Bribery in Scotland – Civil Settlement Under Bribery Act and the Scottish Crown Office
On September 25 2015, Brand-Rex Limited, a Scottish network cabling company, entered into a civil settlement with the Scottish Crown Office, admitting that the company had failed to prevent bribery and had received an improper benefit in violation of Section 7 of the Bribery Act 2010, which applies to the whole of the United Kingdom.
This was the first settlement for a Section 7 infringement of the Bribery Act and the third corporate self-report and civil settlement in Scotland.
The Scottish Crown office implements its own self-reporting regime, separate from that operated by the Serious Fraud Office (SFO) in England and Wales. The Scottish initiative was introduced on 1 July 2011, at which time guidance was issued by the Crown Office and Procurator Fiscal Service on how it would operate. Civil settlements in Scotland were to be operated by the Serious and Organised Crime Division of the Scottish Crown Office in co-operation with Scottish Civil Recovery Unit.
An incentive initiative known as “Brand Breaks” was undertaken by Brand-Rex from 2008 to 2012. The initiative was aimed at distributors and installers connected to the cabling company and upon meeting or surpassing sales targets, installers and distributors qualified for a range of rewards, including holiday travel tickets.
Although the Brand Breaks initiative was not in itself unlawful, an agent of Brand-Rex was found to have exceeded the terms of the scheme between 2012 and 2013. In this instance, the agent was an independent installer of Brand-Rex products that gave travel tickets acquired through the scheme to an employee of one of the agent’s customers. The customer who indirectly received the tickets was a user of Brand-Rex products. Furthermore, the customer, an individual, was in a position to influence purchasing decisions related to cable supplies.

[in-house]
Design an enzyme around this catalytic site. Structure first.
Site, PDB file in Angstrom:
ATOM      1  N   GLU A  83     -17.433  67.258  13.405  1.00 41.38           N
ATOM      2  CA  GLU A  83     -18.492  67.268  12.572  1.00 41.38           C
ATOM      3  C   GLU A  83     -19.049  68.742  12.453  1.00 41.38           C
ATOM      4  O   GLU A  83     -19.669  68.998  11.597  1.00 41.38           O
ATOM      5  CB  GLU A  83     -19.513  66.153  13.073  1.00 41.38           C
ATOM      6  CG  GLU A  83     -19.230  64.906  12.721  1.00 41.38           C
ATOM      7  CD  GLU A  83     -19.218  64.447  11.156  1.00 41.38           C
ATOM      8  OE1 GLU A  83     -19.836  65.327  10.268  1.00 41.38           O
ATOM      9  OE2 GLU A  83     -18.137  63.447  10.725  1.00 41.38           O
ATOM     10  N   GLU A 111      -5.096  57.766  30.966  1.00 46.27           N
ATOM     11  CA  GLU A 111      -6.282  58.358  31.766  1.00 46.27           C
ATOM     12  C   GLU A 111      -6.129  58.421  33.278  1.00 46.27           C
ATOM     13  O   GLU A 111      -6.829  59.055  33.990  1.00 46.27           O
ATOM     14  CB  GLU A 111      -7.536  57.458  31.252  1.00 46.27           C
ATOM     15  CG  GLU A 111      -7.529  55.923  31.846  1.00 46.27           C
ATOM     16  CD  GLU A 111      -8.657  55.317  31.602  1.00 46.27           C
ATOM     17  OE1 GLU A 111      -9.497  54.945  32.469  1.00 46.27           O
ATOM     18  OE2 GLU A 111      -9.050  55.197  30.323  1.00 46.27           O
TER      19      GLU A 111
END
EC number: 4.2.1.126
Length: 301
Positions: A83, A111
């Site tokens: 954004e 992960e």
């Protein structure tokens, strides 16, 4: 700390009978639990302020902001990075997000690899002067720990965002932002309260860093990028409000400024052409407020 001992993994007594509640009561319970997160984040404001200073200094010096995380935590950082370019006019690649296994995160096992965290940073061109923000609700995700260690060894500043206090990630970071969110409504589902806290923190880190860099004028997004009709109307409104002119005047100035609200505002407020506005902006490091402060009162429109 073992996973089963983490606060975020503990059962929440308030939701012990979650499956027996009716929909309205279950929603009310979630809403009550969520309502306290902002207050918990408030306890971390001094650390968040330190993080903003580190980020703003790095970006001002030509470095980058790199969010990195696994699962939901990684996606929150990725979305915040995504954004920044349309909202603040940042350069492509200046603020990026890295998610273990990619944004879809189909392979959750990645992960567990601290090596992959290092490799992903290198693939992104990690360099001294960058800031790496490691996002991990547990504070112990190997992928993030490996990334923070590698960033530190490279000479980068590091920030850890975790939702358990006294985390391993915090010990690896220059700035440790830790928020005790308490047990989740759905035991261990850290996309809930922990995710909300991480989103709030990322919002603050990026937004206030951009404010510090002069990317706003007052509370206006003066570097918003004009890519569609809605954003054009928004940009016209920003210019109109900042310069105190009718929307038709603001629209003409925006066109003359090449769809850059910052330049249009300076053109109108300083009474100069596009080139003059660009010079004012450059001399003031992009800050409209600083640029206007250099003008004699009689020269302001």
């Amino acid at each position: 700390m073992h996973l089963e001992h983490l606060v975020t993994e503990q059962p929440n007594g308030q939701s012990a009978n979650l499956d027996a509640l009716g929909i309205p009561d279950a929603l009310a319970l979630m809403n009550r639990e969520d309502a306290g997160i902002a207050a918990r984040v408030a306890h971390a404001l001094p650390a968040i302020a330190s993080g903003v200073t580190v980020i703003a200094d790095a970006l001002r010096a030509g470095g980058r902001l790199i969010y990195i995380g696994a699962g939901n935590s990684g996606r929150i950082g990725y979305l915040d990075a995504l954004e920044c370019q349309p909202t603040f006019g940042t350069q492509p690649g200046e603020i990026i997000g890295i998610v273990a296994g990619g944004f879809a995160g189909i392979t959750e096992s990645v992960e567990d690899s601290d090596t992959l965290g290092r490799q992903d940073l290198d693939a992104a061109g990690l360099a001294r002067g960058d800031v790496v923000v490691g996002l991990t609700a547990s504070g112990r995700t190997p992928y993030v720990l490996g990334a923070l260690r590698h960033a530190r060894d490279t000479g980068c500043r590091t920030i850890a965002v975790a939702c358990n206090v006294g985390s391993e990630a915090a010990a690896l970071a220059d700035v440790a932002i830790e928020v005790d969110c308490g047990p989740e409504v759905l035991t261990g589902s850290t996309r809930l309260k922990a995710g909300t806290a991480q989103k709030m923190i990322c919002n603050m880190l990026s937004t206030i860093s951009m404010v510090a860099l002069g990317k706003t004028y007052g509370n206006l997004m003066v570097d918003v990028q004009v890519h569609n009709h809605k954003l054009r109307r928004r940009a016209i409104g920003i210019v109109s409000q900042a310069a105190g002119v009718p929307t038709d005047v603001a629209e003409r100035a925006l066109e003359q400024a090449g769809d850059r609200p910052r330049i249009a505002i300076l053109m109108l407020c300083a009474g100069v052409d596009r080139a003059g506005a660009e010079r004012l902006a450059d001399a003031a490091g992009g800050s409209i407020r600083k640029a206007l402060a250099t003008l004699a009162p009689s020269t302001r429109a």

An extensive investigation was launched following Brand-Rex’s discovery of this issue following an internal review. In June 2015, the solicitors acting for Brand-Rex self-reported the violation to the Scottish Crown Office and accepted that Brand-Rex had failed to prevent the infringing activity when the company was in a position to do so, accepting accountability for a contravention of Section 7 of the Bribery Act 2010.
Because Brand-Rex self-reported, the case was considered suitable for a civil recovery settlement rather than a criminal prosecution. In making the decision to forego prosecution, the Crown Office guidance explains that the Crown considers a number of factors, including:
The nature and seriousness of the offence and the extent of harm caused
The extent of wrongdoing within the company, including whether or not senior management consented or connived
Early action taken by senior management upon discovery of the offence
The company’s previous record for bribery conduct
The disciplinary action, if any, taken against the wrongdoers
Whether the company has engaged fully and meaningfully with the Crown
Whether the company has anti-bribery systems in place
The impact of prosecution on the company’s employees and stakeholders
Essentially, the civil settlement model operated by the Scottish Crown Office is similar to the model adopted by the SFO prior to the SFO’s introduction of formal Deferred Prosecution Agreements, the first of which was agreed only a month later, in November 2015 with Standard Bank plc.
On 25 September 2015, the civil settlement with Brand-Rex Limited was announced by the Scottish Crown Office. Under the settlement order, Brand-Rex agreed to pay £212,800—the amount of Brand-Rex’s gross profit from the unlawful activity.
Despite the initial commotion and interest surrounding the Bribery Act 2010, little enforcement or prosecution activity took place following the Act’s introduction, despite the powers designated under the Act. During the last six months, however, there has been a marked increase in enforcement activity (as set out in our previous blogs), and the Scottish system is now also clearly demonstrating that it has the necessary bite to encourage self-reporting by companies and that settlements are being progressed in a reasonable timescale.